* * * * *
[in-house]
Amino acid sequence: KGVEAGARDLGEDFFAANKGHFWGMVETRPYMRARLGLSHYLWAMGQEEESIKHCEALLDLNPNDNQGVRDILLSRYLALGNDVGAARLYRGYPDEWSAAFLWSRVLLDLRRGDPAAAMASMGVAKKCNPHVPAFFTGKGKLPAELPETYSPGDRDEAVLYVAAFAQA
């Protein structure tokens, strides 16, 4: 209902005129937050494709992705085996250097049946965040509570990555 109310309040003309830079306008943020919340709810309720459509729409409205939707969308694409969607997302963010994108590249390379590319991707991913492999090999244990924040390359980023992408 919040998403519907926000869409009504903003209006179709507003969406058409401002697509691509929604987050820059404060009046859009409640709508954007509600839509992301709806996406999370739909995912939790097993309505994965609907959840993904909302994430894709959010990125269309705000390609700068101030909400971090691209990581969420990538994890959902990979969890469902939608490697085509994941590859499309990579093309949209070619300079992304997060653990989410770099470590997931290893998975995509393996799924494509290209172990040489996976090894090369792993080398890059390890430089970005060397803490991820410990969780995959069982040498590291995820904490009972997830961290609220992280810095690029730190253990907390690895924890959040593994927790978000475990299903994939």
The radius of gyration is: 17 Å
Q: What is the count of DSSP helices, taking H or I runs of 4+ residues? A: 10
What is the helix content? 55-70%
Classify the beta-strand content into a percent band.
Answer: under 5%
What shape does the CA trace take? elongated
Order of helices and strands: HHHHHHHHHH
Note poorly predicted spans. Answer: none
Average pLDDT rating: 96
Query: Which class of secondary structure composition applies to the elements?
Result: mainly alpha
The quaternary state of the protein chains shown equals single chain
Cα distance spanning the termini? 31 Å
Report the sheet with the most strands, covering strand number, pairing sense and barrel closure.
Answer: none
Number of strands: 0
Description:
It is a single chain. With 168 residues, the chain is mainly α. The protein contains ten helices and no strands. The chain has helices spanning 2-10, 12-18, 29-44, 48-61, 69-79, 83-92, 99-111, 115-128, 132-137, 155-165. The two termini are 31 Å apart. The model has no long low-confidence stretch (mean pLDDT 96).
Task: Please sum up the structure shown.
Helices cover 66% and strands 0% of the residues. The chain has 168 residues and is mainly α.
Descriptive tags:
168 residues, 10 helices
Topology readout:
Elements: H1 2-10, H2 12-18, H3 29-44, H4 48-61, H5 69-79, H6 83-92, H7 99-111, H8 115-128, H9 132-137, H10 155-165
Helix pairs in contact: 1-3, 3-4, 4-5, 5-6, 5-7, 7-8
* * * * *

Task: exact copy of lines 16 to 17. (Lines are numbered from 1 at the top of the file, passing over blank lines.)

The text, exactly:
Cα distance spanning the termini? 31 Å
Report the sheet with the most strands, covering strand number, pairing sense and barrel closure.